Ali Cook is a professional double bassist, singer, songwriter, arranger, and teacher. Ali can be seen performing orchestral, opera, chamber, and new music in Washington DC, Baltimore, MD, and Detroit, MI. Ali has toured Russia with the National Symphony Orchestra as well as Germany, Turkey, Spain, and Austria with the Christoph Eschenbach and the Schleswig-Holstein Music Festival. While earning her Masters at Indiana University she won a Tanglewood fellowship as well as the double bass concerto competition, performing Bottesini's Concerto No. 2 with the Orchestra. Ali also holds a Bachelors degree from Michigan State University and a Professional Orchestral Studies degree from Manhattan School of Music. She has performed with the National Symphony Orchestra, Detroit Symphony Orchestra, Baltimore Symphony Orchestra, Washington Ballet, Tanglewood Music Center Orchestra, Spoleto Festival USA, the Alabama Symphony, and at the Salzburger Festspiele.

Joseph Grimmer joined the Washington National Opera Orchestra as principal bassoon in 2015. He previously served as principal bassoon with the Jacksonville Symphony, was a member of the Houston Grand Opera Orchestra, and spent the 2013-14 season as acting assistant principal bassoon with the Naples Philharmonic.

PCE principal clarinet David Jones is also principal clarinet of the National Opera Orchestra. His many solo appearances with PCE include two performances of Bernard Herrmann’s Clarinet Quintet, one of which is featured on PCE’s internationally acclaimed Bernard Herrmann CD on Naxos. He also participates in PCE’s “More than Music” film “Beyond Psycho: The Musical Genius of Bernard Herrmann.”

PCE principal percussionist Bill Richards is also a member of the National Opera Orchestra. He was a featured performer in PCE performances (and Naxos recording) of Lou Harrison’s Concerto for Violin and Percussion and also Harrison’s Piano Concerto. He takes part as a performer and commentator in PCE’s forthcoming “More than Music” movie “Lou Harrison and Cultural Fusion.”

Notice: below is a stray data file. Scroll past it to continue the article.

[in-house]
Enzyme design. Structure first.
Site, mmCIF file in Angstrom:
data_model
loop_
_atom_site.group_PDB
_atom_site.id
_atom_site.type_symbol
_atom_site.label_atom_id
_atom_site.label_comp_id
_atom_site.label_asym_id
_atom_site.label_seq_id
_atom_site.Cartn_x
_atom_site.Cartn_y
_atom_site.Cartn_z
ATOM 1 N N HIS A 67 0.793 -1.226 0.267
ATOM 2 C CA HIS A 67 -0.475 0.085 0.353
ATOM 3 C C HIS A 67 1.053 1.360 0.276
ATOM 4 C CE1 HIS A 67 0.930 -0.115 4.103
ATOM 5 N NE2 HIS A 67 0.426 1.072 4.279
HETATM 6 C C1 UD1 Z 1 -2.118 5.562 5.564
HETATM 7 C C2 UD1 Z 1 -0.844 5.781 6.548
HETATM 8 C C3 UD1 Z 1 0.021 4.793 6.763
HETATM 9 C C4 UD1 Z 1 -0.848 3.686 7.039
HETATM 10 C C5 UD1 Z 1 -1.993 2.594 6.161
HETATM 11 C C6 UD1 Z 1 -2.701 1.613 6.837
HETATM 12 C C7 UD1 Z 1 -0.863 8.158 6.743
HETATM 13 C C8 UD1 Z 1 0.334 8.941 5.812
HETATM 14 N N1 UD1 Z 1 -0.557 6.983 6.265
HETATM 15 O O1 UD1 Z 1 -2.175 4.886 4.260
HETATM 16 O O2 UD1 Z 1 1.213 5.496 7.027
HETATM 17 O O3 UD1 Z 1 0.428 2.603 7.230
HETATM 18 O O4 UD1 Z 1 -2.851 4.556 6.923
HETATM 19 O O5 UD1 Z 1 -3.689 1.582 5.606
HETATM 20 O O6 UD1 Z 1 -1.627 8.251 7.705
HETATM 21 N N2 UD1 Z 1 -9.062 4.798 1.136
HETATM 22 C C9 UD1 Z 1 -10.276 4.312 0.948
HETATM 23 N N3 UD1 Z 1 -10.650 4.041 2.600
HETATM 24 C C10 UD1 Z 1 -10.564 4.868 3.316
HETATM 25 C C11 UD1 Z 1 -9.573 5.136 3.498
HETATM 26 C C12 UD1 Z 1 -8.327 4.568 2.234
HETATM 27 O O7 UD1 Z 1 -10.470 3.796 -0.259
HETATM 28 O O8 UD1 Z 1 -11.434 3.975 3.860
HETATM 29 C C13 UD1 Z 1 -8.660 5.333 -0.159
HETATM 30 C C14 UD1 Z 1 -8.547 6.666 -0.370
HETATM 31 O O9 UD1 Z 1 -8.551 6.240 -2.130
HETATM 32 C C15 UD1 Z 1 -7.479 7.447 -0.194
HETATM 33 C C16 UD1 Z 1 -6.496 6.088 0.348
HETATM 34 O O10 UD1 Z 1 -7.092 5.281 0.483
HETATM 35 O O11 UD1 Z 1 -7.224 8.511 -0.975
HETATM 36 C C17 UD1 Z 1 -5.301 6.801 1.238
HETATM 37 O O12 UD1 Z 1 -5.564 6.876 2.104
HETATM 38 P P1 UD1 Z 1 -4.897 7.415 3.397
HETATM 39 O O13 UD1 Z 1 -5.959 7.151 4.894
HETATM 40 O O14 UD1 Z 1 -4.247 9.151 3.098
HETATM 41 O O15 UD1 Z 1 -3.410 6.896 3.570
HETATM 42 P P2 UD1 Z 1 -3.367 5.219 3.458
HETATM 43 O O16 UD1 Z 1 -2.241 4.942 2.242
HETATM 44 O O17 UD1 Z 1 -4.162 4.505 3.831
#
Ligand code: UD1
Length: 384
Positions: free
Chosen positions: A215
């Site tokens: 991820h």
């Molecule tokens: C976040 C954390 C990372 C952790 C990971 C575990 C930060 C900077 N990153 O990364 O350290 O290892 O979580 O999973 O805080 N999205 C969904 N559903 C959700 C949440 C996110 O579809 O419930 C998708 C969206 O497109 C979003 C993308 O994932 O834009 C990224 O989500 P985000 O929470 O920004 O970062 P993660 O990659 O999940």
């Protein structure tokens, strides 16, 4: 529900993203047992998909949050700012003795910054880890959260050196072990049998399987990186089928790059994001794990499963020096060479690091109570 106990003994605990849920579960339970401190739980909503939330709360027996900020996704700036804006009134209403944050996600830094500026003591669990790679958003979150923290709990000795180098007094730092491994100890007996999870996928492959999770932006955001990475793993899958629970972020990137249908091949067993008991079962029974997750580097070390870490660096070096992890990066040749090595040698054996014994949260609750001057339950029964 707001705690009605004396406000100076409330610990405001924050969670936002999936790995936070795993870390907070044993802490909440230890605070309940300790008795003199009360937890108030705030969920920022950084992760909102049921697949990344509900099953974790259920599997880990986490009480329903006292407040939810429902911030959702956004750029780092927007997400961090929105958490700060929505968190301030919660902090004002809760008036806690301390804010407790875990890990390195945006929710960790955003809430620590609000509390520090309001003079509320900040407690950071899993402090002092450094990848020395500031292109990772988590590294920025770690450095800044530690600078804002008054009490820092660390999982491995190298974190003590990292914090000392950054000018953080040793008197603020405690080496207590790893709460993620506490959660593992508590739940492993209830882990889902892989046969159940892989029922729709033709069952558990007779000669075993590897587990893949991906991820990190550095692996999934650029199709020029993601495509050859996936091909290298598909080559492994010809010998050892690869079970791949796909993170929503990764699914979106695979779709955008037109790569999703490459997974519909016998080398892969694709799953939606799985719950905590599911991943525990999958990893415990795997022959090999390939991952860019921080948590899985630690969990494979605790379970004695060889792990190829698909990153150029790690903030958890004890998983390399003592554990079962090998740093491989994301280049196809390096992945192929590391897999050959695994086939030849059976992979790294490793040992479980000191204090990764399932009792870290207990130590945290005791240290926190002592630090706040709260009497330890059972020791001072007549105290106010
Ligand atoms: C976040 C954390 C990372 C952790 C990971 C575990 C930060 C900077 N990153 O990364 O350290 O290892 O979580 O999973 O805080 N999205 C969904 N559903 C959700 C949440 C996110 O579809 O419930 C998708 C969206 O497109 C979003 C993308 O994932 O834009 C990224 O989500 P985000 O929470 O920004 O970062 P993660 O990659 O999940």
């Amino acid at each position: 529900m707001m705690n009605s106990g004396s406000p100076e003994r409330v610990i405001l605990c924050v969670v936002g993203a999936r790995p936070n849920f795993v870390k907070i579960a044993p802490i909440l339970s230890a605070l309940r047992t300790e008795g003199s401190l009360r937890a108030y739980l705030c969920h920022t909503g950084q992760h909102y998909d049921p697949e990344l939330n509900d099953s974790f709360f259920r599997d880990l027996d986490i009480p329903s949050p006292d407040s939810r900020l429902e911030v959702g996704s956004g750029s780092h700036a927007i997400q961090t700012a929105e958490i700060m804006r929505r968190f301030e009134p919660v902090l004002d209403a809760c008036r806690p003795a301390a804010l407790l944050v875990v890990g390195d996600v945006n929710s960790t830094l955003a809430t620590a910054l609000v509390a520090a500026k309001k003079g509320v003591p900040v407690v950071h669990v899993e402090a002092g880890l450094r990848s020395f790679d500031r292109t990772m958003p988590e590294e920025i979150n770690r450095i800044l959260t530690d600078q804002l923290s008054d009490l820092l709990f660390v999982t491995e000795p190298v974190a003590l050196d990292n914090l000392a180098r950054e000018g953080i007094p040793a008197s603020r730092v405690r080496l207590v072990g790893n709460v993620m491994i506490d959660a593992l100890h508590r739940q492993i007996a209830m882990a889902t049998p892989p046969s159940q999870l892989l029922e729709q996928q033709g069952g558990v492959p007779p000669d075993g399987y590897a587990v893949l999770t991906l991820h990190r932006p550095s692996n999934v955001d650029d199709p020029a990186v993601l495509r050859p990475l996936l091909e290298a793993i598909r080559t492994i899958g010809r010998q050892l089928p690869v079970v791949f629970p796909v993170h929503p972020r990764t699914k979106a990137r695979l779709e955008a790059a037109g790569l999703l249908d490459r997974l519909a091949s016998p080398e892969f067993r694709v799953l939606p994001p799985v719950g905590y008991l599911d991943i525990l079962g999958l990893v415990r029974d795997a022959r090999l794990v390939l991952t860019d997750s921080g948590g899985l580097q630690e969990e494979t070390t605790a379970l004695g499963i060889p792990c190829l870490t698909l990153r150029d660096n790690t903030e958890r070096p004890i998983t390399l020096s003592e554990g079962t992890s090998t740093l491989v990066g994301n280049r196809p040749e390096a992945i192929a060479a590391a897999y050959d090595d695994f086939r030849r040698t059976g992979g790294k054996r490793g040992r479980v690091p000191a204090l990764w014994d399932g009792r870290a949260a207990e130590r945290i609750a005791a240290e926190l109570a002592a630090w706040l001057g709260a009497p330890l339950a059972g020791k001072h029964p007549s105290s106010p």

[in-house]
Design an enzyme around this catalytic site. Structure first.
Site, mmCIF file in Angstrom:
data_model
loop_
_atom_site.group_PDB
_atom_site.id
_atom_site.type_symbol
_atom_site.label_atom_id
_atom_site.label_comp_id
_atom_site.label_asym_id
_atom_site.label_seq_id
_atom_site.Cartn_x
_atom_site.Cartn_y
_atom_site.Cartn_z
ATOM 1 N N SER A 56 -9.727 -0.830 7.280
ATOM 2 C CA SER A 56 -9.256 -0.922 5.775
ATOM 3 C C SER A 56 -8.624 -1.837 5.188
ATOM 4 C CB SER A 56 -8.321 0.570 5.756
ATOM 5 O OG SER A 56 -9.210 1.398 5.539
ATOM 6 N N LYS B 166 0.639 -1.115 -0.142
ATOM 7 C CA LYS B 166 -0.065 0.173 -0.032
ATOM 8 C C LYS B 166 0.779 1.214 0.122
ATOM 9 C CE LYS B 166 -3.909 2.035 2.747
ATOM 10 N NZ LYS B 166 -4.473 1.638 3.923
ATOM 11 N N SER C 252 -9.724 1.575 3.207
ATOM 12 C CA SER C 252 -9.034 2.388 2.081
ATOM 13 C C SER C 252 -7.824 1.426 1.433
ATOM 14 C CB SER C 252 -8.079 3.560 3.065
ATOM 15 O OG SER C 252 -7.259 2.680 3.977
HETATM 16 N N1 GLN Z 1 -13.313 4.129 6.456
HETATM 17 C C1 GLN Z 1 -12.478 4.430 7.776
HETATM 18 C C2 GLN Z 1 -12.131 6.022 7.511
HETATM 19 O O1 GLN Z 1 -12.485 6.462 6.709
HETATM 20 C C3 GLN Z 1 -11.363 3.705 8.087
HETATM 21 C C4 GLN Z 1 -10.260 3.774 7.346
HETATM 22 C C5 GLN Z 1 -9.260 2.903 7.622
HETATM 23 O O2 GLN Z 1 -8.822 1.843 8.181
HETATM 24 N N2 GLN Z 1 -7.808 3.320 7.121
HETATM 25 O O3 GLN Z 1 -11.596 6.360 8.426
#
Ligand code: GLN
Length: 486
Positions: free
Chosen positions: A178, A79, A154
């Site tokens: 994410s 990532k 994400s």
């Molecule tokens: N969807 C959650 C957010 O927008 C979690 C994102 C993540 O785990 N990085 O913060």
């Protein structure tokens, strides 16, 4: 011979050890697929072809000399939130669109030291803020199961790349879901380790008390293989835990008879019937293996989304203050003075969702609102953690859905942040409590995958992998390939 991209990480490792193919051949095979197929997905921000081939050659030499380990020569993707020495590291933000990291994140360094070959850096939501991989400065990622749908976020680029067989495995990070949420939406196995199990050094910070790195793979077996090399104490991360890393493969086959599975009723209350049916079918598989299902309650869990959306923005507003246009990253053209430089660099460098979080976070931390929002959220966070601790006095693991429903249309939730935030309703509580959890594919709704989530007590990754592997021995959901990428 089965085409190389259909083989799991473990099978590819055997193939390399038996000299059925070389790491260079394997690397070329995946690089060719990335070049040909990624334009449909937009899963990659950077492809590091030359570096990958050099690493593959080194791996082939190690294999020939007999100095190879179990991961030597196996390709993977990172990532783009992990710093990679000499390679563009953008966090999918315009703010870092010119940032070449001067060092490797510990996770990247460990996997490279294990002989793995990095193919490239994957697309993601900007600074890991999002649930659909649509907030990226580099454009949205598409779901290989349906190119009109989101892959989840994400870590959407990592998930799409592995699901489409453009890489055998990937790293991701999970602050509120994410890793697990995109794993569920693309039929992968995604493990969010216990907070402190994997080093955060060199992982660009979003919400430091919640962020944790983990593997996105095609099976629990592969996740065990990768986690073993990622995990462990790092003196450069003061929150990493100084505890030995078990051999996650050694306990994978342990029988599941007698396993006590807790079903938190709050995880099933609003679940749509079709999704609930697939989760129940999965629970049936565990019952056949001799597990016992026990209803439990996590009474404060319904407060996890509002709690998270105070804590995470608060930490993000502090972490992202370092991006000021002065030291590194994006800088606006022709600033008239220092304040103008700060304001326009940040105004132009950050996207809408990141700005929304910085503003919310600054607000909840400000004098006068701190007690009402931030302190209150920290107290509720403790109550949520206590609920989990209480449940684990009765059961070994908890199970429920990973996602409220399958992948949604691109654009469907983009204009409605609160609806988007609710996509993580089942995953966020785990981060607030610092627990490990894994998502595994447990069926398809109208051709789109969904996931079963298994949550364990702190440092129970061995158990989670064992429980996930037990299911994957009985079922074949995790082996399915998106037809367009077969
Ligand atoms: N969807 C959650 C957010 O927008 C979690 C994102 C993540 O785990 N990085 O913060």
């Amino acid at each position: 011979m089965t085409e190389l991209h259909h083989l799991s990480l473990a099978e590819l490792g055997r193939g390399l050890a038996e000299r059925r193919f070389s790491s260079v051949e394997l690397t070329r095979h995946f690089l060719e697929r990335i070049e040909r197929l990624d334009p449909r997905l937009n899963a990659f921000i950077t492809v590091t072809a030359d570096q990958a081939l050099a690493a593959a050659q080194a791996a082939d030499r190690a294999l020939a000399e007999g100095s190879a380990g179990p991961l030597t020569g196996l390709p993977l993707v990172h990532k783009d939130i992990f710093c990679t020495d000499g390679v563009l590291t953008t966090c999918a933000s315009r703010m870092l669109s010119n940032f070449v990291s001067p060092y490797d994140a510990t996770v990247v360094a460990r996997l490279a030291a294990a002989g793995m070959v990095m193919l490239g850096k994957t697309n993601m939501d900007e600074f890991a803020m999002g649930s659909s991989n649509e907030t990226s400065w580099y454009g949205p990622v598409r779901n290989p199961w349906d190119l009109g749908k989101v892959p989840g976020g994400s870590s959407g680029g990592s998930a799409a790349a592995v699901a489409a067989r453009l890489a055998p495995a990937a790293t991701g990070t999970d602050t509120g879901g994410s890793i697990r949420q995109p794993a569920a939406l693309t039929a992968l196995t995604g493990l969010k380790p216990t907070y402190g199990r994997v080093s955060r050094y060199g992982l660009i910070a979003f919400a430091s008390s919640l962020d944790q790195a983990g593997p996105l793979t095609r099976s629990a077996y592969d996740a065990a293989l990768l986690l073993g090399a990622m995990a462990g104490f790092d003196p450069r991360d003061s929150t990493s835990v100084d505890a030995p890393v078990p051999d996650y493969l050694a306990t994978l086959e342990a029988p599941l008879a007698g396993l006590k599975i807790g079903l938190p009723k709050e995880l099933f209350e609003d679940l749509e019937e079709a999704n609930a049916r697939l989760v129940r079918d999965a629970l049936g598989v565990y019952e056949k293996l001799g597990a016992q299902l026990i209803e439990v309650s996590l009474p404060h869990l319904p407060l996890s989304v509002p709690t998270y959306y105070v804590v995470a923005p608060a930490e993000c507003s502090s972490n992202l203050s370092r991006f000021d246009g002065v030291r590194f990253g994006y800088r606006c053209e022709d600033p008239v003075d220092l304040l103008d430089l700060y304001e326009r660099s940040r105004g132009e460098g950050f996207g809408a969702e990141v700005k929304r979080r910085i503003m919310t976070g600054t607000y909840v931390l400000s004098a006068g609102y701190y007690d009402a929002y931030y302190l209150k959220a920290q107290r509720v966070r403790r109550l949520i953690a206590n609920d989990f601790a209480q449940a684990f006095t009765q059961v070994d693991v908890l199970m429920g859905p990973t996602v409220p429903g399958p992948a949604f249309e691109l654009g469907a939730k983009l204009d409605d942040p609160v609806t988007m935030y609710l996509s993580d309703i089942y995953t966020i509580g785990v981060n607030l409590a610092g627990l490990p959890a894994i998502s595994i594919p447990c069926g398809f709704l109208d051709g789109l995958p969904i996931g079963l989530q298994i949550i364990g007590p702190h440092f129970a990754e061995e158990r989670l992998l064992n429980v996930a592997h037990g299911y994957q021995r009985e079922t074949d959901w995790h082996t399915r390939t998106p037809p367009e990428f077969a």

PostClassical Ensemble, called “one of the country’s most innovative music groups” by Philip Kennicott in the Washington Post, was founded in 2003 by Angel Gil-Ordóñez and Joseph Horowitz as an experimental orchestral laboratory based in Washington, D.C. All PCE programming is thematic and cross-disciplinary, frequently incorporating art, film, dance, or theater. During the pandemic, PCE began producing “More than Music” documentary films, of which “Dvorak and the American Experience of Race” became a 45-minute radio documentary, nationally disseminated by WAMU. Its most recent Naxos CD features the world premiere recording of the classic 1944 radio drama “Whitman,” (“a revelation . . . absolutely marvelous” -- David Hurwitz in ClassicsToday), also featured in the More than Music film “Beyond Psycho: The Musical Genius of Bernard Herrmann.” Of PCE’s five previous Naxos audio releases conducted by Gil-Ordóñez, “Dvorak and America,” featuring the world premiere recording of the PCE-created Hiawatha Melodrama, was named one of the best CDs of the year by Minnesota Public Radio. ClassicsToday. Hurwitz also wrote that PCE’s Naxos recording of the Lou Harrison Violin Concerto revealed “a major masterpiece . . . utterly compelling.” According to Scherzo, Spain’s major classical-music magazine: “Each new album by PostClassical Ensemble and its director, Ángel Gil-Ordóñez, is both a surprise and a discovery, the deserved result of investigating beyond the predictable.” PCE launches its Black Classical Music festival this coming Fall.